Another major insurance brokerage, Aon, is facing investigations by the Equal Employment Opportunity Commission and the National Labor Relations Board over her termination after making offhand comments to clients about the sexual harassment she faced on the job. The woman claimed she had been harassed repeatedly and propositioned by a high-ranking executive for one of the brokerage’s corporate clients. She also alleged that she complained about sophomoric and unprofessional behavior by a male employee in her office. The male employee purportedly sent crude messages from his colleagues’ email accounts and posted sexual images and comments to their computer screens and Facebook pages.
Aon alleged that it handled her complaints appropriately, disciplined the employee in question and stopped doing business with the client who propositioned her. However, the company also fired her. The reasons, the brokerage claimed, were a violation of company policies and poor performance. Her performance was about average, according to her employment reviews. The company policy she violated apparently was talking about being harassed. That case remains pending as well.
Finally, there is the granddaddy of all insurance businesses: Lloyd’s of London. Lloyd’s began more than 300 years ago as a London coffee house where businessmen met and placed financial bets on whether ships would sink. It grew into one of the largest and most important insurance entities in the world. No longer in a quaint coffee shop, it occupies a starkly modern office building in the city’s financial center. But many of its practices and traditions have long remained stuck in the past, including a culture of heavy drinking and a fraternity atmosphere.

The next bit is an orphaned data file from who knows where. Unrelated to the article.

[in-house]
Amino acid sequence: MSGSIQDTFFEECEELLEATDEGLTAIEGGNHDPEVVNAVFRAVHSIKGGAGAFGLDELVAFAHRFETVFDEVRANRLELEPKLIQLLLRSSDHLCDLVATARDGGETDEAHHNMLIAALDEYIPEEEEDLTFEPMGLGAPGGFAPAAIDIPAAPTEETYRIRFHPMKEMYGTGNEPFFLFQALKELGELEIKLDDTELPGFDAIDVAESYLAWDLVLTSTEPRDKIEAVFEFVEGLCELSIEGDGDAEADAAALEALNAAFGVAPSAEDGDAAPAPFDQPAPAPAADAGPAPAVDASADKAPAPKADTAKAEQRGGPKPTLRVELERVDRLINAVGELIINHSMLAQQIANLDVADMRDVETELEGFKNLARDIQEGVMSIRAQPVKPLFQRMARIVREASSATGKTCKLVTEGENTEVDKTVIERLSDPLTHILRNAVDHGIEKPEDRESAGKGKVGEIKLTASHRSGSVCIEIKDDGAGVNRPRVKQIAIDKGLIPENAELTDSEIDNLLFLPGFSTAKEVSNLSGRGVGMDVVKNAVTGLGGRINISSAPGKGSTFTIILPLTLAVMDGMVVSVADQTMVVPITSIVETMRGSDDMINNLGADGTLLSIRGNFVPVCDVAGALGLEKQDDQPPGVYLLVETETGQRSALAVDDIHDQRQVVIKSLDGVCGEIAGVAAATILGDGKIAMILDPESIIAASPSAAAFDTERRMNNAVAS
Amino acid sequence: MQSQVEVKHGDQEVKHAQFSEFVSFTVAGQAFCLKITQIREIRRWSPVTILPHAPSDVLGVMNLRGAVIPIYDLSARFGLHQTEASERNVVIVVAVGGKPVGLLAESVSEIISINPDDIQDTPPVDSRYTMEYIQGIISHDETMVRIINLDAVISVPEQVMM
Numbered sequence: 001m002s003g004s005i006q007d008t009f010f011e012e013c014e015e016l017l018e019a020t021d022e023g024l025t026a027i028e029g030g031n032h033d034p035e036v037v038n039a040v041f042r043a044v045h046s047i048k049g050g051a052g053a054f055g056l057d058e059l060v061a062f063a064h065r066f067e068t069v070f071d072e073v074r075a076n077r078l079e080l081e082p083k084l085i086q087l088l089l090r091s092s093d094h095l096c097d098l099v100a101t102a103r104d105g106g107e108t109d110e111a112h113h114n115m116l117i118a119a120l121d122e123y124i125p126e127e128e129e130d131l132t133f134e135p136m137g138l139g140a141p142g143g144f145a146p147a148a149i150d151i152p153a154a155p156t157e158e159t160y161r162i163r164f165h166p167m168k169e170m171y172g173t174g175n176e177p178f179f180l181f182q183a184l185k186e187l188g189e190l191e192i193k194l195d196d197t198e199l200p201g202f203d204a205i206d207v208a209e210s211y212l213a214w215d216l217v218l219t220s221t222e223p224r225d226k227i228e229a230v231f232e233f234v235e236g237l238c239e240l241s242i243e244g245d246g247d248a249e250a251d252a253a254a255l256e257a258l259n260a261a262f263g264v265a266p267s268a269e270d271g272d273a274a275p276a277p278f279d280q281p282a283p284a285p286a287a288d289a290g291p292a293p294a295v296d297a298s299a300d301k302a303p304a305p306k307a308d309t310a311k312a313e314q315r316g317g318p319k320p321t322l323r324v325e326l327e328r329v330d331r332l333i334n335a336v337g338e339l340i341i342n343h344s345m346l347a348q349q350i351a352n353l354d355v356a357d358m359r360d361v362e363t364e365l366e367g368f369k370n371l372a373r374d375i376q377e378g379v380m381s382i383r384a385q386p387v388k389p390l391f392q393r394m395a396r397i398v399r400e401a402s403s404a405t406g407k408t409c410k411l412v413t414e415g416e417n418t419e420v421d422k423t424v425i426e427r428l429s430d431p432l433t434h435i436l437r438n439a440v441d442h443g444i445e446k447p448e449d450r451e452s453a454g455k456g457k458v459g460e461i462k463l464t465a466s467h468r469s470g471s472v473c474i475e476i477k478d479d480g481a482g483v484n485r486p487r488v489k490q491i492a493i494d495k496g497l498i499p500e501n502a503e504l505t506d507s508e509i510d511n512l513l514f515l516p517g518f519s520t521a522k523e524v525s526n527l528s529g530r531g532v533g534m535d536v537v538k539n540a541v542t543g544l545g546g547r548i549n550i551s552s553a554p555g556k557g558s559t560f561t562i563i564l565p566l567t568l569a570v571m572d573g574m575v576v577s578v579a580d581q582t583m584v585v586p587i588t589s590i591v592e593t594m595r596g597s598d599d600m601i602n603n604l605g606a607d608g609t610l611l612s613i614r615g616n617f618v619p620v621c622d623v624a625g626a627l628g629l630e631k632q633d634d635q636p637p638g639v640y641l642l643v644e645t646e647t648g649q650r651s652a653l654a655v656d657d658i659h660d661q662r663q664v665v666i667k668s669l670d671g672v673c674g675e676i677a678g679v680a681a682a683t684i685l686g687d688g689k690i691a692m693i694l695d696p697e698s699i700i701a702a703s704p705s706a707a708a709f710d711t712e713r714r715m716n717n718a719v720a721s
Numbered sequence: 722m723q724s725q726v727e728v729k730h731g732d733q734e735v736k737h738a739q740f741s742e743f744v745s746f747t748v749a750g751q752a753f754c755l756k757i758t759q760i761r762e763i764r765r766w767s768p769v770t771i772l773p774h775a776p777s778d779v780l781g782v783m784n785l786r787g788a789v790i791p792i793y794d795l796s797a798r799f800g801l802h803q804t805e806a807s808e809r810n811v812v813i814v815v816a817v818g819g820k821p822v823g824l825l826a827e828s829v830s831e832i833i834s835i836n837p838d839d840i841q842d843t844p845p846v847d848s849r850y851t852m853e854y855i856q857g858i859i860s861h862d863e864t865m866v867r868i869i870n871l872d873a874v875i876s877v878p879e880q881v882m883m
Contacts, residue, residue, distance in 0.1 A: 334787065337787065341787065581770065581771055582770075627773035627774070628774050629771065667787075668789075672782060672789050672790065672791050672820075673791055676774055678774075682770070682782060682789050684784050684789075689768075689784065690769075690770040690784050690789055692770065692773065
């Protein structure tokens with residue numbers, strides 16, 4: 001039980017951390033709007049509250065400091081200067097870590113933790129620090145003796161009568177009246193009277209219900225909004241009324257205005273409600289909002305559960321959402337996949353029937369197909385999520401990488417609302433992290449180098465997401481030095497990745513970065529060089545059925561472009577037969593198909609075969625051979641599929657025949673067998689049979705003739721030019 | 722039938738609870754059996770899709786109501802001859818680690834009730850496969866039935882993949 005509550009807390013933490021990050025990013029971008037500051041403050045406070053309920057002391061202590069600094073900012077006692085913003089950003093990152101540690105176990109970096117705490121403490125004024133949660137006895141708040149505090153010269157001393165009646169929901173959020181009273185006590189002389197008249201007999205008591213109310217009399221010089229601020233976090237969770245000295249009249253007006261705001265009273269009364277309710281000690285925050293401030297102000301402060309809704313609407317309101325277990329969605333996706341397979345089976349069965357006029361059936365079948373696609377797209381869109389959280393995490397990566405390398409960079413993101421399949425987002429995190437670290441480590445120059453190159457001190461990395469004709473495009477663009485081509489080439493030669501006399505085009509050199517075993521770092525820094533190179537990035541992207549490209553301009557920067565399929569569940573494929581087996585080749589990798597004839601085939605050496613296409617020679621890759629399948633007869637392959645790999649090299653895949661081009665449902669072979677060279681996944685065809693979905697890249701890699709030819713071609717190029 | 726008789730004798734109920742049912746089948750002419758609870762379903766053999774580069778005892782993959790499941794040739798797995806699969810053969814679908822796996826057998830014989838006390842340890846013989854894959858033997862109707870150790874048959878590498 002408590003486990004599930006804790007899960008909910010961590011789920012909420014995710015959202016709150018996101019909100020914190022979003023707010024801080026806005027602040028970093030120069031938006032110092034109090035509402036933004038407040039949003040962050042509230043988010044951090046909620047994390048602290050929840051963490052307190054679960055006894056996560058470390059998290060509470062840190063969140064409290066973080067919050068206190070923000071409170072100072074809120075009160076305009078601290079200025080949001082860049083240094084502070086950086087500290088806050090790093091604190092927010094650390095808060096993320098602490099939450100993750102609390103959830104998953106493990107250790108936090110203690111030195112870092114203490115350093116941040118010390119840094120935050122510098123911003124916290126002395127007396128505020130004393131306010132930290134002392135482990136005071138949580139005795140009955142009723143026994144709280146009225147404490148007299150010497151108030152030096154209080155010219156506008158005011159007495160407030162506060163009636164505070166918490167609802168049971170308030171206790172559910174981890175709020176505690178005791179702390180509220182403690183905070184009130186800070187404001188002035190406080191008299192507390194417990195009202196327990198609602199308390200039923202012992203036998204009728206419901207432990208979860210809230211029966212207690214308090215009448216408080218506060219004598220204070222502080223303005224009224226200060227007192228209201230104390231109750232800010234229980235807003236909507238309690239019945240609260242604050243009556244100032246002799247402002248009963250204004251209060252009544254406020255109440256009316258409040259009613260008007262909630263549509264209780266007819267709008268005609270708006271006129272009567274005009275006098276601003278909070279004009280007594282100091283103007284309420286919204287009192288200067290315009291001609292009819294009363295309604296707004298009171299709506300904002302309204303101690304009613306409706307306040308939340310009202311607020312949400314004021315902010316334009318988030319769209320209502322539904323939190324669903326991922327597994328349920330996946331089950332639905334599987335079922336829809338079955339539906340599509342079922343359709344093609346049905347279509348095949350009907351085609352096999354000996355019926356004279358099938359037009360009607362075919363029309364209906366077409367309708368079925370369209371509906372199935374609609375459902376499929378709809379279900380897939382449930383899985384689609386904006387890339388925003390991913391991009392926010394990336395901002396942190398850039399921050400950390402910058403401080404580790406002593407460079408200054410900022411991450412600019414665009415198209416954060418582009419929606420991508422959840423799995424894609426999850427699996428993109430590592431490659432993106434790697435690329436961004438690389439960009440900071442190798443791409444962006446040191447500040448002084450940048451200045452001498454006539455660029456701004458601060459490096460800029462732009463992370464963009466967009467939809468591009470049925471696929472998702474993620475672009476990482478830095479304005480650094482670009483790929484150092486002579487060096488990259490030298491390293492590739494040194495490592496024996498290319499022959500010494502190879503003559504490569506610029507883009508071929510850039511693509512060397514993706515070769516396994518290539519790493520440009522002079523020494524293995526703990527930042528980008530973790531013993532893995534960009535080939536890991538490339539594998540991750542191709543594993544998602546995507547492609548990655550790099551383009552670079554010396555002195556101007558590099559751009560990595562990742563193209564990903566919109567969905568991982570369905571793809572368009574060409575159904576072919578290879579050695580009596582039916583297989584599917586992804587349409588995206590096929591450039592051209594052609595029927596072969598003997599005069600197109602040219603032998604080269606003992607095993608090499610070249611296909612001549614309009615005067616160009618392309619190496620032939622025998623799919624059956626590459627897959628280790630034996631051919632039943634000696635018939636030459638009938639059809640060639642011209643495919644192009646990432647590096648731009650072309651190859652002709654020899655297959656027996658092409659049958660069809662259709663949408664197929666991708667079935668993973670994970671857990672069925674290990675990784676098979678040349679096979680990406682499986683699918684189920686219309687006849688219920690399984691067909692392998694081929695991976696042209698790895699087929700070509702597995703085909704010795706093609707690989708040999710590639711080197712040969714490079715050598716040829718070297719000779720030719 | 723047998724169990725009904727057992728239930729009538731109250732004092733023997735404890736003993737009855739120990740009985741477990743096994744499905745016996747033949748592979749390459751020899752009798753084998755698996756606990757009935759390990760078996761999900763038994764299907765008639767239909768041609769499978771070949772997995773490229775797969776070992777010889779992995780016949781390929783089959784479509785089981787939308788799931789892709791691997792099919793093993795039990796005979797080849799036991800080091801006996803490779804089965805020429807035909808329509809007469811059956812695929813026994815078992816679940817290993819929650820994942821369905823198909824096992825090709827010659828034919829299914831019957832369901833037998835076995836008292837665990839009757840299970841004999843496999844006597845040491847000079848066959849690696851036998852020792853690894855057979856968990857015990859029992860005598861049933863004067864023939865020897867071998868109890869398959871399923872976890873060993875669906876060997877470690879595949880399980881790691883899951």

Alcohol-soaked lunches were a daily custom, and drunken male executives had been known to behave badly with their female coworkers. According to an expose by BusinessWeek, the insurance market routinely hired attractive female assistants to lure in big clients. At lunch and in the evenings, these executives and young women would often visit local pubs and drink prodigious amounts of alcohol. Many women reported being pawed at and “attacked” by drunk men they worked with.
One woman in her 30s said she was surprised by the amount of drinking among executives at Lloyd’s, but she went along with it. She went out with coworkers and shared a cab ride home with one of her male colleagues. He was so drunk he was slurring, she said, and he lunged at her and grabbed her. She managed to free herself from his grasp and got out of the car.
After that, she said she was marginalized on her team and was bullied by her attacker. She lodged a formal complaint but didn’t get the response she was hoping for. She was moved to another part of the business. Meanwhile, he was allowed to keep his job and suffered no ill consequences.
Lloyd’s top brass responded forcefully to the BusinessWeek expose by imposing new rules and banning daytime drinking along with promising severe sanctions for sexual harassment and other bad behavior. It remains to be seen whether those promises are all just talk, or if any action will be taken if and when bad acts occur in the future.
Do you think were harassed at work or by a co-worker? Visit our workplace harassment FAQ page for more information. Ready to see if you have a case? Contact us online or by phone at 888.249.6944. All inquiries are protected by the attorney-client privilege and kept CONFIDENTIAL. (There is never a fee for a consultation.)